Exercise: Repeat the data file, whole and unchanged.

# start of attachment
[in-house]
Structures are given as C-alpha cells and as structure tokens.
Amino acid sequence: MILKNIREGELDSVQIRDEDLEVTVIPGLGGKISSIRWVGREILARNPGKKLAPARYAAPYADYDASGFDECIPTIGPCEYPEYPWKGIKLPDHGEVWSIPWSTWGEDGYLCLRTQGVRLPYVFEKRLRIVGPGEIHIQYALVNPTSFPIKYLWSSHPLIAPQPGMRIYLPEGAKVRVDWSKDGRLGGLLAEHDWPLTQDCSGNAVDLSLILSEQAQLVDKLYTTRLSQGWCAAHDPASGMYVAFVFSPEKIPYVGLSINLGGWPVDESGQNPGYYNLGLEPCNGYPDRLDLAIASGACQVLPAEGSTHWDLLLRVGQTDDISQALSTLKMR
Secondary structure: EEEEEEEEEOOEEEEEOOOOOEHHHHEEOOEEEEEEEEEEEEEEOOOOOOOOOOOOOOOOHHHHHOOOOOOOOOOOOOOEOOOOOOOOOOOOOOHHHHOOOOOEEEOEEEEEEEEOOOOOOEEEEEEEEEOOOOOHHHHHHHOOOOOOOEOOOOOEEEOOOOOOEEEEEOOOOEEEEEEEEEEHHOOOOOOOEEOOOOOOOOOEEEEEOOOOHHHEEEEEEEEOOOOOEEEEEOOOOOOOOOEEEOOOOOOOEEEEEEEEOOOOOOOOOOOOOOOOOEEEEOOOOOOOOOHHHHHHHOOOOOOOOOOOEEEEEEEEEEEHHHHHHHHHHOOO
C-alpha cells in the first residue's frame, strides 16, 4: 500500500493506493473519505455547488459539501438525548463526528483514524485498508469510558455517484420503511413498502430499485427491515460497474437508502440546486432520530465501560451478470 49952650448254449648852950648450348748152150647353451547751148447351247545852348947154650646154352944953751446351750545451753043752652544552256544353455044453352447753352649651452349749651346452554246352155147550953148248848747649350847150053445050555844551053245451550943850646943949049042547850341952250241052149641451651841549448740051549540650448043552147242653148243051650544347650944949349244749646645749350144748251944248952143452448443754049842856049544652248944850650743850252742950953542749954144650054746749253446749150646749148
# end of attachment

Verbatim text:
[in-house]
Structures are given as C-alpha cells and as structure tokens.
Amino acid sequence: MILKNIREGELDSVQIRDEDLEVTVIPGLGGKISSIRWVGREILARNPGKKLAPARYAAPYADYDASGFDECIPTIGPCEYPEYPWKGIKLPDHGEVWSIPWSTWGEDGYLCLRTQGVRLPYVFEKRLRIVGPGEIHIQYALVNPTSFPIKYLWSSHPLIAPQPGMRIYLPEGAKVRVDWSKDGRLGGLLAEHDWPLTQDCSGNAVDLSLILSEQAQLVDKLYTTRLSQGWCAAHDPASGMYVAFVFSPEKIPYVGLSINLGGWPVDESGQNPGYYNLGLEPCNGYPDRLDLAIASGACQVLPAEGSTHWDLLLRVGQTDDISQALSTLKMR
Secondary structure: EEEEEEEEEOOEEEEEOOOOOEHHHHEEOOEEEEEEEEEEEEEEOOOOOOOOOOOOOOOOHHHHHOOOOOOOOOOOOOOEOOOOOOOOOOOOOOHHHHOOOOOEEEOEEEEEEEEOOOOOOEEEEEEEEEOOOOOHHHHHHHOOOOOOOEOOOOOEEEOOOOOOEEEEEOOOOEEEEEEEEEEHHOOOOOOOEEOOOOOOOOOEEEEEOOOOHHHEEEEEEEEOOOOOEEEEEOOOOOOOOOEEEOOOOOOOEEEEEEEEOOOOOOOOOOOOOOOOOEEEEOOOOOOOOOHHHHHHHOOOOOOOOOOOEEEEEEEEEEEHHHHHHHHHHOOO
C-alpha cells in the first residue's frame, strides 16, 4: 500500500493506493473519505455547488459539501438525548463526528483514524485498508469510558455517484420503511413498502430499485427491515460497474437508502440546486432520530465501560451478470 49952650448254449648852950648450348748152150647353451547751148447351247545852348947154650646154352944953751446351750545451753043752652544552256544353455044453352447753352649651452349749651346452554246352155147550953148248848747649350847150053445050555844551053245451550943850646943949049042547850341952250241052149641451651841549448740051549540650448043552147242653148243051650544347650944949349244749646645749350144748251944248952143452448443754049842856049544652248944850650743850252742950953542749954144650054746749253446749150646749148